WHAT IS eczema?

Eczema, also known as atopic dermatitis, is a common skin condition characterized by red, itchy, and inflamed patches of skin. It is a chronic inflammatory disorder that can affect people of all ages, but it is particularly common in children. Eczema typically presents as dry, scaly, or leathery patches of skin, which may become cracked, weepy, or blistered with scratching. The exact cause of eczema is not fully understood, but it is believed to involve a combination of genetic predisposition, immune system dysfunction, and environmental factors. Triggers for eczema can include weather changes and many other factors. While there is no cure for eczema, treatment focuses on managing symptoms and preventing flare-ups. This may include moisturizing the skin regularly, avoiding known triggers, using topical corticosteroids or other anti-inflammatory medications, and practicing good skincare habits. There are many recent advances to treat eczema systemically in a safe and non-steroid manner, including the use of biologics (e.g. dupilumab, tralokinumab, nemolizumab) and janus kinase (JAK) inhibitors.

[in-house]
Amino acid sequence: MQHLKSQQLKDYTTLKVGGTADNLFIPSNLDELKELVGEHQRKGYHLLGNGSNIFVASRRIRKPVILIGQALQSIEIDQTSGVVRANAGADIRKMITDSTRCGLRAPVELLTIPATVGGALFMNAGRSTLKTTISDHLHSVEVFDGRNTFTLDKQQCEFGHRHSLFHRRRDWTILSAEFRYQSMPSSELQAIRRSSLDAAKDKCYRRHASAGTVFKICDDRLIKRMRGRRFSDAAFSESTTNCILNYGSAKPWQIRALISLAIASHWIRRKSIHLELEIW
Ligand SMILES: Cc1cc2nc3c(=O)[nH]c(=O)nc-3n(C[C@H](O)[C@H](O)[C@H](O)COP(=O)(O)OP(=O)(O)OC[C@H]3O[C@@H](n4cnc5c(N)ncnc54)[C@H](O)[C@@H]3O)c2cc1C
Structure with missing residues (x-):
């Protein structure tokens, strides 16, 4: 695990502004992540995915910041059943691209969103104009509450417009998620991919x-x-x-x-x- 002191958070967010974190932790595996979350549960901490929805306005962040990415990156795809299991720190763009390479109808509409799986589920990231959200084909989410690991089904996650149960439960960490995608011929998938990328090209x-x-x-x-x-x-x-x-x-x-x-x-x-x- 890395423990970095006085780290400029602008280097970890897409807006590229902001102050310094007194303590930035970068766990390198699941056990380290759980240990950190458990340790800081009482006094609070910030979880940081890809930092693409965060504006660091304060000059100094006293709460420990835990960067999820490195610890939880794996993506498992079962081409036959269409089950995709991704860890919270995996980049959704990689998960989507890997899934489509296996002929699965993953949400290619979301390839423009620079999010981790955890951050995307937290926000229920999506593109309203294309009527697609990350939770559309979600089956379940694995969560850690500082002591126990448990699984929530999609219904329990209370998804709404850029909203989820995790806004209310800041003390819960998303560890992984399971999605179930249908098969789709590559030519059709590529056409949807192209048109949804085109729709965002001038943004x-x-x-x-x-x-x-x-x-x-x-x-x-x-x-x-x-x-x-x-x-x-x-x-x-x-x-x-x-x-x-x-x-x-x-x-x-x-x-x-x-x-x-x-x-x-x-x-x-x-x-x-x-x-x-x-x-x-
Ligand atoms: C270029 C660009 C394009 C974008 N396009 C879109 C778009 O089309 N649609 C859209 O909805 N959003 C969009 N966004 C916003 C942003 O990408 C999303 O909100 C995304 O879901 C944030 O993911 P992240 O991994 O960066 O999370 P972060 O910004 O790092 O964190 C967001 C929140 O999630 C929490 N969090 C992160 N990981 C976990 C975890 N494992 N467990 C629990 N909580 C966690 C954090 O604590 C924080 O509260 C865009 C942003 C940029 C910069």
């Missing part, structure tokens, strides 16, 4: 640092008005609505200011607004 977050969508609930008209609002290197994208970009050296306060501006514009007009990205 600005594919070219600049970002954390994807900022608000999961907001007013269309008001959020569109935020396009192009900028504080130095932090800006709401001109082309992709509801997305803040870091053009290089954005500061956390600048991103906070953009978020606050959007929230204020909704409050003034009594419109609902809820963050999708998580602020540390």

DERMATOLOGY AND ECZEMA

Dermatologists are specialized physicians who play a crucial role in diagnosing and treating a variety of skin conditions, from common issues like acne and eczema to more complex diseases such as skin cancer. They utilize their expertise to provide personalized treatment plans tailored to each individual’s needs, often incorporating a combination of topical medications, oral therapies, and procedures like biopsies or excisions when necessary. Dermatologists also offer preventive care, educating patients on skin health practices and helping them develop skincare routines to maintain healthy skin. With their specialized knowledge and advanced techniques, dermatologists help improve the overall health and well-being of their patients by addressing both medical and cosmetic concerns related to the skin.